(Thoughts from a blue-collar collector, or, How To Start Small, then go overboard)

I remember my first fountain pen.

It was a school-grade Sheaffer Skrip, with shiny silvertone cap and translucent, colored barrel. I don't recall how well it wrote, but I do recall being vaguely annoyed at the color discord between the yellow barrel and the bullet-like cartridge of black ink. I may have ended up with ink on my fingers, but at this point, the details elude my fading memory.
Then, a number of years later, all grown up, I was watching a late-night TV ad (before the dawn of the infomercial). The ad extolled the virtues of a fountain pen. How good was this pen? Someone actually shot the pen into a target as though the pen were an arrow, then proceeded to write with it.
It's a writing implement! It's a weapon! Stop! You're both right!
So of course I had to order that fountain pen. The barrel was brushed silvertone, and the pen came with extras: a few mechanical pencils plus some rollerball pens and a bunch of ballpoints in red and green and gray and yellow and rust and azure that contained sticky colored ink to match the color of the barrel. Now that was more like it! (Except for the fact that the ballpoints dried out after about two paragraphs of writing.) The fountain pen was a reluctant starter. I don't recall its eventual fate.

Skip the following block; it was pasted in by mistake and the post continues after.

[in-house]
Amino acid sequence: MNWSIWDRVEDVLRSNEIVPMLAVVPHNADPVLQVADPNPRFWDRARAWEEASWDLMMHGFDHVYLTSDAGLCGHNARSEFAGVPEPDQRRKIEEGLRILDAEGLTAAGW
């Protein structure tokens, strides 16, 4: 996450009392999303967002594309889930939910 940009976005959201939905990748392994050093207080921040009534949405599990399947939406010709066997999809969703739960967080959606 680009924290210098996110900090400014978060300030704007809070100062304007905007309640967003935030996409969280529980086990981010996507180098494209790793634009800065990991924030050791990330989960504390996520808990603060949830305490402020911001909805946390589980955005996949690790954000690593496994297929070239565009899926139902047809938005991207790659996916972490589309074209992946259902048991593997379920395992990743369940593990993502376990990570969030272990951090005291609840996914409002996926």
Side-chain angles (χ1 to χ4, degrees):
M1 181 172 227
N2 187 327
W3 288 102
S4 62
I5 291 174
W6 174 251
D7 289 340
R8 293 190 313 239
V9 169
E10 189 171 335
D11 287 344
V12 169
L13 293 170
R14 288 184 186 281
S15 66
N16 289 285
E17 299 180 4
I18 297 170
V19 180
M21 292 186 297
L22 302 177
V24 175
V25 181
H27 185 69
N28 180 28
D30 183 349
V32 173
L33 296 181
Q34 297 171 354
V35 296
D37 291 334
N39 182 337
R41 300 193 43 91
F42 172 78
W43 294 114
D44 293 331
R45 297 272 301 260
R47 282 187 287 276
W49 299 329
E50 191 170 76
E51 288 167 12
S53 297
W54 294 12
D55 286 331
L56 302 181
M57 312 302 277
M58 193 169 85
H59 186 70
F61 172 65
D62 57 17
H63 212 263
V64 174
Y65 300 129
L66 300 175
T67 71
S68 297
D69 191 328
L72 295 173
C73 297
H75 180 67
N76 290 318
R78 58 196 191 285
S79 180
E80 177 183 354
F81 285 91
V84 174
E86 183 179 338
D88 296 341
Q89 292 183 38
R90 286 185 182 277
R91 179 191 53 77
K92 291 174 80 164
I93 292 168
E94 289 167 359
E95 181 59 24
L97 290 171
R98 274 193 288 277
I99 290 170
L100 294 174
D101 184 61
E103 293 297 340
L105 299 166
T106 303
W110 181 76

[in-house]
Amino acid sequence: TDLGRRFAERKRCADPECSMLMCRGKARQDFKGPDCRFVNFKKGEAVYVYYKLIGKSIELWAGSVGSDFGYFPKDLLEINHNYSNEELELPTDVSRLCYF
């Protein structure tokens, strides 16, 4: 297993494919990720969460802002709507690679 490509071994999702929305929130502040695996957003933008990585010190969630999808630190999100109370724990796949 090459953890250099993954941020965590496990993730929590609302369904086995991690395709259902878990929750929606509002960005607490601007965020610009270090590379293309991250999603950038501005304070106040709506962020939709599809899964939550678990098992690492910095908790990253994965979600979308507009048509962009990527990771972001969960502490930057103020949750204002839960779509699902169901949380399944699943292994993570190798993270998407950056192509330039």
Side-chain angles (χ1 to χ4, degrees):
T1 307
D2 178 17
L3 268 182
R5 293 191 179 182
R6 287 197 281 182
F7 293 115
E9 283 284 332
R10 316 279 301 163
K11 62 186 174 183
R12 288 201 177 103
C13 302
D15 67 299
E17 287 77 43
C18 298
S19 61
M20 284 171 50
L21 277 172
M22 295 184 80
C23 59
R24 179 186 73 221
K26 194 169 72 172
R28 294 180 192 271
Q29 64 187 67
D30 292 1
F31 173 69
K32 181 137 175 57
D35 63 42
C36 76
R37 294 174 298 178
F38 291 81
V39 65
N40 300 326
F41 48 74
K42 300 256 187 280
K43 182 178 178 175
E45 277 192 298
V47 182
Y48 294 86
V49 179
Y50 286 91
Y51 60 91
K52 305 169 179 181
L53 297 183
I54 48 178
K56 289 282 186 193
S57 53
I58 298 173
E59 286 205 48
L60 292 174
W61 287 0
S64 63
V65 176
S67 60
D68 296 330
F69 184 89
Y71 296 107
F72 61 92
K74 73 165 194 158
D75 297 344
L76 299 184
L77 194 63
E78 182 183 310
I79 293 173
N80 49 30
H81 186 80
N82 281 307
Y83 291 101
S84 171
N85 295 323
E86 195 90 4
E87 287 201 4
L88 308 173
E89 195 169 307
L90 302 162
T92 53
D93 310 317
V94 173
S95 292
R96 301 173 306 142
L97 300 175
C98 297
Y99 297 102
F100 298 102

Next I bought two leaky, no-name fountain pens for about two bucks each from an art supply store. One of these cheap plastic travesties came in dark turquoise; I have probably blocked the color of the other in something approaching an Edvard Munch Scream Moment. These two horrors almost ran me off fountain pens forever.
But years later, in another art supply store, a shiny, pretty pen caught my eye. A Diplomat Butterly, in Nash Metropolitan Turquoise, with winking goldtone trim. This little beauty was about the length of a forefinger and half as thick. I had to own it, and it set me back a whole seven dollars. The Butterfly was tough to write with due to its size, but I still have it, because it's shiny and pretty.
I also bought a Rotring Artpen (1.1 italic nib) in a teal color. This full-sized fountain pen had a long, pointy-ended barrel, and unlike the Butterfly, it took standard international cartridges. It was a wonderfully smooth writer. I still have it, AND still use it. At the time, the price seemed steep---about twice what I spent on the Butterfly.